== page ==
Kaylie (Karen Gillan of Doctor Who–great to see her in a movie) has obtained a mirror from her family home from the time when her parents became paranoid, psychotic and were killed. Her brother, Tim, was admitted into psychiatric care for killing their father, who had killed their mother. Upon release, Kaylie collects Tim and takes him back to the family home and reveals her suspicion that the mirror, now reinstated, is cursed–that it can alter the perception of those around it, causing them to die or be killed.
Great premise and setup. The build up to Kaylie getting the mirror was effectively creepy. Gillan’s obsessive and methodical approach to proving the mirror’s abilities and in protecting her and her brother from it are convincing, and ramp up the discomfort around this object. Kaylie is no horror film victim, she’s a survivor determined on payback, and as such I was really behind her.
The mirror itself has the ability to twist your perspective, giving you false experiences, immersing you in a virtual reality–causing people to neglect eating and drinking, trick people into distrusting others and into doing horrible things to others or themselves. Kaylie has setup elaborate monitoring measures to prove the mirror’s darkside, regular alarms to break her and her brother from any delusions, and a whacking great axe-like anchor that will swing down and smash the mirror if they don’t reset a timer every hour.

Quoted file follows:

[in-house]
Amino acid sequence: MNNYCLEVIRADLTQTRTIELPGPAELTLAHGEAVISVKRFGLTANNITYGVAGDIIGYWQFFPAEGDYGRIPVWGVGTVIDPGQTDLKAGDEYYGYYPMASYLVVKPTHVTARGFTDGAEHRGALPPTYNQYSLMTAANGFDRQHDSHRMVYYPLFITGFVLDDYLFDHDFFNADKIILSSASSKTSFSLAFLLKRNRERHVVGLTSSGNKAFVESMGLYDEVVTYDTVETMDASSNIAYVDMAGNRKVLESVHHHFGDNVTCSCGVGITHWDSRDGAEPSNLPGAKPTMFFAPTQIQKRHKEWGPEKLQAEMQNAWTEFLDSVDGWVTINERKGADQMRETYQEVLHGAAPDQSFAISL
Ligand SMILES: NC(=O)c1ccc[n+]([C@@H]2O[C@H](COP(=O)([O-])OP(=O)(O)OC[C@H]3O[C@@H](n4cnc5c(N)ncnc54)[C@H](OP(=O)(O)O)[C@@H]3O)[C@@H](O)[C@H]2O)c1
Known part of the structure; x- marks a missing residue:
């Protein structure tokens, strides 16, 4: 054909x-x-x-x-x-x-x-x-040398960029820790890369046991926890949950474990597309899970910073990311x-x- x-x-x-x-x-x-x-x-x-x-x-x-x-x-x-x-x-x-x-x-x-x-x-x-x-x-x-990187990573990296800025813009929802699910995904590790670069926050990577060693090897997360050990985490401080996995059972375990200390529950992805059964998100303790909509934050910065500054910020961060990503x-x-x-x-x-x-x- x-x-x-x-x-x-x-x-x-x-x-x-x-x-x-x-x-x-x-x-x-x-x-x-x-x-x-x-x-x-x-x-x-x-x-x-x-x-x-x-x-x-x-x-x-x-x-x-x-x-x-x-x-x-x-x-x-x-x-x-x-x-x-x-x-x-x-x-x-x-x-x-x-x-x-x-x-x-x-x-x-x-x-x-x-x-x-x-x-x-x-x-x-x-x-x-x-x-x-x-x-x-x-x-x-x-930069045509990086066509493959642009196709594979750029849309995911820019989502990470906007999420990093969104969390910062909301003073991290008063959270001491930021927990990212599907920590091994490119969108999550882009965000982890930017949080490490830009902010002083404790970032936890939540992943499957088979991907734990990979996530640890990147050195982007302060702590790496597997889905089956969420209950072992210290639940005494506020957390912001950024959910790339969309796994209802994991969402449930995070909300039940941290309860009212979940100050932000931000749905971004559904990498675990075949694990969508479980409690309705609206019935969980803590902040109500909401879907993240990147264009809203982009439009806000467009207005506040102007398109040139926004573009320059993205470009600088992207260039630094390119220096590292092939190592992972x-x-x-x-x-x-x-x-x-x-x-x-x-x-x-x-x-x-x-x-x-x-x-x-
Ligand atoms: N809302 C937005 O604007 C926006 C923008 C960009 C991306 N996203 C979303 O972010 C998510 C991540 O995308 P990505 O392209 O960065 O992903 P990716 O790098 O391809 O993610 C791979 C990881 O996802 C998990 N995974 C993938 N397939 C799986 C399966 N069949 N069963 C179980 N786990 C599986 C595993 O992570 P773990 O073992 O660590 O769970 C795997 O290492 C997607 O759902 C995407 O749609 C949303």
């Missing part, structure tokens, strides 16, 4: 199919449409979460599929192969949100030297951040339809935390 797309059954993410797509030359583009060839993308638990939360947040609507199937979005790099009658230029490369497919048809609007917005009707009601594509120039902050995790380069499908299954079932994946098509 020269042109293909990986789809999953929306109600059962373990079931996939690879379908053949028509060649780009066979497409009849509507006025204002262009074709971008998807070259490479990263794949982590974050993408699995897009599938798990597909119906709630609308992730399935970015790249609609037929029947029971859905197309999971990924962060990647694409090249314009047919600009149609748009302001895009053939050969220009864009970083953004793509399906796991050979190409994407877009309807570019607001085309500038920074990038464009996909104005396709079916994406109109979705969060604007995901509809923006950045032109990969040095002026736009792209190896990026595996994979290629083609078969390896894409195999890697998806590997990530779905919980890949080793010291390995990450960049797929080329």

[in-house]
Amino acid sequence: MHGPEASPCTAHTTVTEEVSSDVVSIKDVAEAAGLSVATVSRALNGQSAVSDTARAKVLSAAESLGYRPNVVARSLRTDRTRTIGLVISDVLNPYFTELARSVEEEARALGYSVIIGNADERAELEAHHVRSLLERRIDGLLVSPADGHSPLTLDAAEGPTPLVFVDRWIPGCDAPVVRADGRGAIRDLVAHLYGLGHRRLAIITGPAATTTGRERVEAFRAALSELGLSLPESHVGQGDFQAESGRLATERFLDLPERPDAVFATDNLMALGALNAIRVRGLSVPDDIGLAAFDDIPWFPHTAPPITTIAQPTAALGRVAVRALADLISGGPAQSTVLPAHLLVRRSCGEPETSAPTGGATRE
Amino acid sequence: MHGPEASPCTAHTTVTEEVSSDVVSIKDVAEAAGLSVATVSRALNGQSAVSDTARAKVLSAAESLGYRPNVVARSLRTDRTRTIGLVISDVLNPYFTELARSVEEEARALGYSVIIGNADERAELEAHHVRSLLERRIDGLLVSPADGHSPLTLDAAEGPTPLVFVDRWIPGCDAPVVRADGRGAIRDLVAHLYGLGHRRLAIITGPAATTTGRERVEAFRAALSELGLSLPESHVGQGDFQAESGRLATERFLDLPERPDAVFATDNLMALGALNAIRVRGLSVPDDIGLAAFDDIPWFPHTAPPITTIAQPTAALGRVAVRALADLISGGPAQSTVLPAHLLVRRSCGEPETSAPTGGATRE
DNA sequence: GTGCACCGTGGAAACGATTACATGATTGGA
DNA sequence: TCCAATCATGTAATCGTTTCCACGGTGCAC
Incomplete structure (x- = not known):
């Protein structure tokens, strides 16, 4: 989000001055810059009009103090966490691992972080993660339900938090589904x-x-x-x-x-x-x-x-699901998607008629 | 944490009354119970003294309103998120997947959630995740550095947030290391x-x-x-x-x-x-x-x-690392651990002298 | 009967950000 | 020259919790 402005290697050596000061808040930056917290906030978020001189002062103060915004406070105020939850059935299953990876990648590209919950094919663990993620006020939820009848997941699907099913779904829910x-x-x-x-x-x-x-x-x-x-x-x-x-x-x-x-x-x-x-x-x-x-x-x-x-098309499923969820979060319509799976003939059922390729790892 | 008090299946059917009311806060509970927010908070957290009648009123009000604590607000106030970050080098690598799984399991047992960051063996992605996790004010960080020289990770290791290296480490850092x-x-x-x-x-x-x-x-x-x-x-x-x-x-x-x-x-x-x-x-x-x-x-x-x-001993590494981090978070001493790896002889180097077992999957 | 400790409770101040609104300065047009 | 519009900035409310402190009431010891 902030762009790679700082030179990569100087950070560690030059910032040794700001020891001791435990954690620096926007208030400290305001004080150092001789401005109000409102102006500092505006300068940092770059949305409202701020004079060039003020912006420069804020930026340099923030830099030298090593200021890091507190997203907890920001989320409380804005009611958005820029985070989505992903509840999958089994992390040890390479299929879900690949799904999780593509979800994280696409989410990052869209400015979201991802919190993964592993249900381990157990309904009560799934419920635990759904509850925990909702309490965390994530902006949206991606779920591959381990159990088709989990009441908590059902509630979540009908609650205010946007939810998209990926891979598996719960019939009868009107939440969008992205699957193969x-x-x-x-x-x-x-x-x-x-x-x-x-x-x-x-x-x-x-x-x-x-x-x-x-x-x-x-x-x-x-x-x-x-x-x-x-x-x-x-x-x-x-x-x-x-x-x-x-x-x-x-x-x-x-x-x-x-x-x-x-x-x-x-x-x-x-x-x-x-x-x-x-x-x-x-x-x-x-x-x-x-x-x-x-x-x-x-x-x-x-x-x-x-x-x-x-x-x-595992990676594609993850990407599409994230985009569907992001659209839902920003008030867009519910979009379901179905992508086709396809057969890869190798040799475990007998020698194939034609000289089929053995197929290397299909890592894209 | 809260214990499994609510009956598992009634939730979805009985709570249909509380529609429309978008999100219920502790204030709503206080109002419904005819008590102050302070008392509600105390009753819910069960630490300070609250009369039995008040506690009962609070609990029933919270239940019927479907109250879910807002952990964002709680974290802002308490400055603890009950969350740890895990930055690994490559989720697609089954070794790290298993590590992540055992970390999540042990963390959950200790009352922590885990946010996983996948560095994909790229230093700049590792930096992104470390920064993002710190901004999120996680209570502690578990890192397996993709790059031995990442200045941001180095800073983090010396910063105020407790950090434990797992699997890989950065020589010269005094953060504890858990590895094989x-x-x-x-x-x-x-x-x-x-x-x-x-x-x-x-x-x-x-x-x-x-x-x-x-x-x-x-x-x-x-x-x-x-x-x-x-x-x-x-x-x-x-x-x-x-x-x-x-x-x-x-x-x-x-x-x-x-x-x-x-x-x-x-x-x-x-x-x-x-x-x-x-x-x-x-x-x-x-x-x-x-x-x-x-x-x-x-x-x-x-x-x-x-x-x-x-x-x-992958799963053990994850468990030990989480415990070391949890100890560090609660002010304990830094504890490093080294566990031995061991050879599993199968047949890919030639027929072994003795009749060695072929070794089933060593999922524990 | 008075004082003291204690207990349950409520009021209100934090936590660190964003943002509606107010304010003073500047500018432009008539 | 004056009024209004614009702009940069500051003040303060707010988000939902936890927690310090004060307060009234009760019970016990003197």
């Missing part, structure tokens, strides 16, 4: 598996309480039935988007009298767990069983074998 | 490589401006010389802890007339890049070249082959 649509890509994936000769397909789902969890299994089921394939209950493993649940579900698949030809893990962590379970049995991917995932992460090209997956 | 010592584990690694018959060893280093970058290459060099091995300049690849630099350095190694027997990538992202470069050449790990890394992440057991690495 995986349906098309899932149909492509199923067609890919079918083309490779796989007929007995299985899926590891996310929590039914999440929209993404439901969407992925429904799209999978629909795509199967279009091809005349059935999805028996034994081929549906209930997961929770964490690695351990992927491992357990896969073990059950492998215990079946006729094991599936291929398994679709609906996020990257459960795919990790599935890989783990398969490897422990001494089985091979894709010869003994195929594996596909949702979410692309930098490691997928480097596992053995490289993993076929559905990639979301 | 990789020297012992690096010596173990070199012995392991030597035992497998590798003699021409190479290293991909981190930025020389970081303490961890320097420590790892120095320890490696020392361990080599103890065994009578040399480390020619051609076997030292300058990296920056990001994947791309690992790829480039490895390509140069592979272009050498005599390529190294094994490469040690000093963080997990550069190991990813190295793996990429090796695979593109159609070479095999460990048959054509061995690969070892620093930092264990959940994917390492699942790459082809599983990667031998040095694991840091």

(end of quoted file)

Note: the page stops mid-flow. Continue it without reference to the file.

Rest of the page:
Despite seeming like she’s thought of everything, quite soon after Kaylie has explained this and her plans, the mirror demonstrates in a chilling way that it’s up for a challenge and that Kaylie may not be as prepared as she thinks.
The film tells the story of Kaylie and Tim as children, experiencing the effects the mirror is having on their parents, but not understanding it, and the older siblings in the present working against the mirror. It was great to see Katee Sackoff make an appearance as the mother, but the switching back and forth between the two times was frustrating. It would have been fine if this was the only chopping back and forth, but this movie is about twisting perceptions, so alternative realities are experienced in the past and the present plot threads, and I found the film quickly became muddled. There were creepy and grim bits throughout (nail and teeth pulling for instance), but it got to a point where I didn’t know whether what I was seeing was going to be real or a trick, so I became detached from it and then the chills were lost on me.
I had really looked forward to this film, but was glad I missed at the cinema and caught it on Netflix. I found myself surfing the Internet in the last third.
Good opening, and while it’s premise was intriguing it ultimately worked against it. As soon as I saw that anchor poised to swing down at that mirror I knew what was coming, so it ended up being a twisty journey to a predictable ending. Can’t recommend this film and it was another horror low of 2014.